A blog about a first-time house owner learning to maintain his backyard, and thoughts about nature, science, history, and life.

Thursday, September 27, 2012


There are two ways to get from the lawn to the creek.  There’s the long trail, which winds its way around the fringes of the wildflower patch.  Then there’s the shortcut trail, a mown straight shot from the lawn toward the north-northeast corner of the property.  Then again, the shortest route would be to emulate the deer, bound straight through the wildflowers, and try not to get stuck.  

I wouldn’t want to take the long trail barefoot.  It gets muddy, and there are scattered shards of glass left by someone, probably years ago.  It would be a pain to clean up.  Because it’s not the shortcut trail, the long trail is the scenic route, so I guess it inevitably requires scenery…there’s refuse along the long trail.  I found my first brick hiding in the woods next to it.  I also saw my first snake there…a long, old chain that made me feel like a conjuror, pulling up its coils from its resting ground in and under the soil.  I took the brick and the chain and put them on my slowly growing pile of eyesore near the fringe of the yard.  I’m sure I’ll find more stuff of interest along the long trail over time and add it to the pile, too.

I don’t take the shortcut trail often.   And when I take it, I take my time, because there’s a big log smack dab in the middle of it.  It’s like the trail’s speed bump, reminding me to take my time getting from one end to the other.  And, besides, the shortcut trail isn’t really a shortcut to the creek.  Sure, it takes me to the edge of the bowl that looks down on the creek, but if I want to get straight to the dock, as I said, I’d have to plow through the wildflowers, and try not to get stuck.  

The deer have their own trails.  The most worn one is a zigzag path from the western side of the lawn into a neighbor’s yard, behind the government property.  This must be their shortcut trail.  But why do deer need a shortcut trail, when they have no natural reason to hurry?  

Maybe it’s an escape route.  The deer like to stand on the lawn and graze on the grass.  They’ll slowly work their way through the lawn, eating the wildflowers.   The two fawns, I noticed one morning, like to frolic in the wildflower patch, somehow avoiding the thorny plants.  But sometimes, they see me staring out through the sliding glass door window; I don’t know how. I don’t see much when I look inside from out there.  But if I do something from inside the living room to give them a start, they get going.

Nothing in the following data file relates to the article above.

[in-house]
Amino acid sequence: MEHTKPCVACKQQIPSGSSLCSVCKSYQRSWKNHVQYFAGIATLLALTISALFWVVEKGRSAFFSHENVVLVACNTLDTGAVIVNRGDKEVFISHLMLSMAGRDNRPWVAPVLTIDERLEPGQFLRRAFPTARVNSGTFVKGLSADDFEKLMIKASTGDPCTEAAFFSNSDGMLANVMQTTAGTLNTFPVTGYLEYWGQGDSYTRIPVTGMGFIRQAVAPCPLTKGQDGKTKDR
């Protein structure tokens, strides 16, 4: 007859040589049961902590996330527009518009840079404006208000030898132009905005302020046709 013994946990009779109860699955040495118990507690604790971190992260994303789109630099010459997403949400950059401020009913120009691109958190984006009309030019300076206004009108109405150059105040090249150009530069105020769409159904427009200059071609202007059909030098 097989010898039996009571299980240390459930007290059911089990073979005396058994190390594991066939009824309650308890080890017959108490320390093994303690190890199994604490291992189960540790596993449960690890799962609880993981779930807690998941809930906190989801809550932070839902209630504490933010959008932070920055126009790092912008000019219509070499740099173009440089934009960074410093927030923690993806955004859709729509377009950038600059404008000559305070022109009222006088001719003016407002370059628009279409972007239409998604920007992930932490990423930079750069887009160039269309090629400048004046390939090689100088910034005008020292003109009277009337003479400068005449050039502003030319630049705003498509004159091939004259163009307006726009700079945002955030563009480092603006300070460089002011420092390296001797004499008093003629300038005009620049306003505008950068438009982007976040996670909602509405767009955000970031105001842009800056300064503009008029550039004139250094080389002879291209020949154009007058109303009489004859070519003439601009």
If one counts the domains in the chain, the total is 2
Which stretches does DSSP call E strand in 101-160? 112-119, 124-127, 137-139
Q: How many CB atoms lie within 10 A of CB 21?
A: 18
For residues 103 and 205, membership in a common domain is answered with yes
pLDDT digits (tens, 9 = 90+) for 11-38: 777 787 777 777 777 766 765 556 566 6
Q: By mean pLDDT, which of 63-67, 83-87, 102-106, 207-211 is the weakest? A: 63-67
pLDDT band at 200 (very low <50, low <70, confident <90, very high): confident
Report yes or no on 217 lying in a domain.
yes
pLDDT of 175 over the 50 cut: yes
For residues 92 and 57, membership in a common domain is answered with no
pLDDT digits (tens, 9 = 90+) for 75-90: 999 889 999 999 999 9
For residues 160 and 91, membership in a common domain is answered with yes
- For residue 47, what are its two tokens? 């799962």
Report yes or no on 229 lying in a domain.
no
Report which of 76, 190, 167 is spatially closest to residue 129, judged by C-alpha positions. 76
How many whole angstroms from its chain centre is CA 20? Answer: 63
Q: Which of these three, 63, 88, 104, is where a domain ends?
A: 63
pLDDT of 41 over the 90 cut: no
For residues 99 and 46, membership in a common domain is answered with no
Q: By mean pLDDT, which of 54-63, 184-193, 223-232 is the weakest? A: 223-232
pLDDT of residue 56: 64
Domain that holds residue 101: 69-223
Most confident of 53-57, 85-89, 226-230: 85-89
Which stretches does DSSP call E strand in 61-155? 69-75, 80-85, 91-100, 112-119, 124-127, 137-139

Besides the deer, there’s a groundhog, the next biggest permanent resident on my property to me, and he’s got tenure.  He lives under the shed, but I only see him when he’s in the lawn, and he only sees me just before he sprints back home.  I imagine he spends a good bit of time in the garden.  Maybe I should even call it HIS garden, because he’s probably tended it more than anyone has in years.  Though I see parts of the lawn that are torn up, I don’t think HE’s the one doing it (that’s another story for another day), but he must be eating something, and the garden’s the most likely candidate.   At some point, it’s likely that people grew food there, and since then, I’m sure the groundhog’s done all he can to keep his favorite meals coming.  So as I decide what to do with the garden, I guess I have to keep my tenant in mind.  I probably need to find a way to keep the meals coming so he doesn’t tear up the lawn.

There’s a path within the garden.  It’s overgrown, so I can’t tell what its purpose is, but I suspect that it lies between what used to be flower beds.  There are signs of disruption…places, for example, where I can see that the deer have stopped for a snack.  The garden itself looks like a wave…it’s tall with thorny plants that bow over into the lawn at the end nearest the shed, but at the far end, the garden is almost grassy.   In between, there are plants that I see nowhere else on the property.  I imagine that these might be some of the groundhog’s favorite snacks…if he is smart enough to eat the stems but not the roots.  

There’s also a shortcut path connecting the long trail to a neighbor’s yard.  I don’t know why, or how long, this neighbor exit ramp has been there.  Without the ramp, it would be hard to go over, say hi, and shake the neighbor’s hand.  But it is there, so I mowed it one time.  I still haven’t met that neighbor, though.

I don’t have to mow the paths often.  Surprisingly, it’s the more well-traveled (since I’ve been here at least) long trail that requires the most frequent mowing.  There are clumps of grass that grow quickly, and it’s annoying to trim grass by hand.  It’s also annoying to mow the long trail because it has twists and turns, and my mower was made for straight lines. Some of the roads around here (well, one, at least) have snowplow turnarounds…I need to make room for a lawnmower turnaround.

I’ve only mowed the shortcut path once, and only of half of it at that.  Of course, I mowed the half that starts in the lawn, and left the half that ends in the woods alone.  I don’t see much difference.  Though the shortcut trail is a reverse mohawk of brilliant green amidst the wildflower patch, it’s not grass; it’s short, stubby, weedy stuff.  Like most things in my yard, I don’t know what it’s really called, so I just describe it the best I can and then somehow you get the picture.  I hope.

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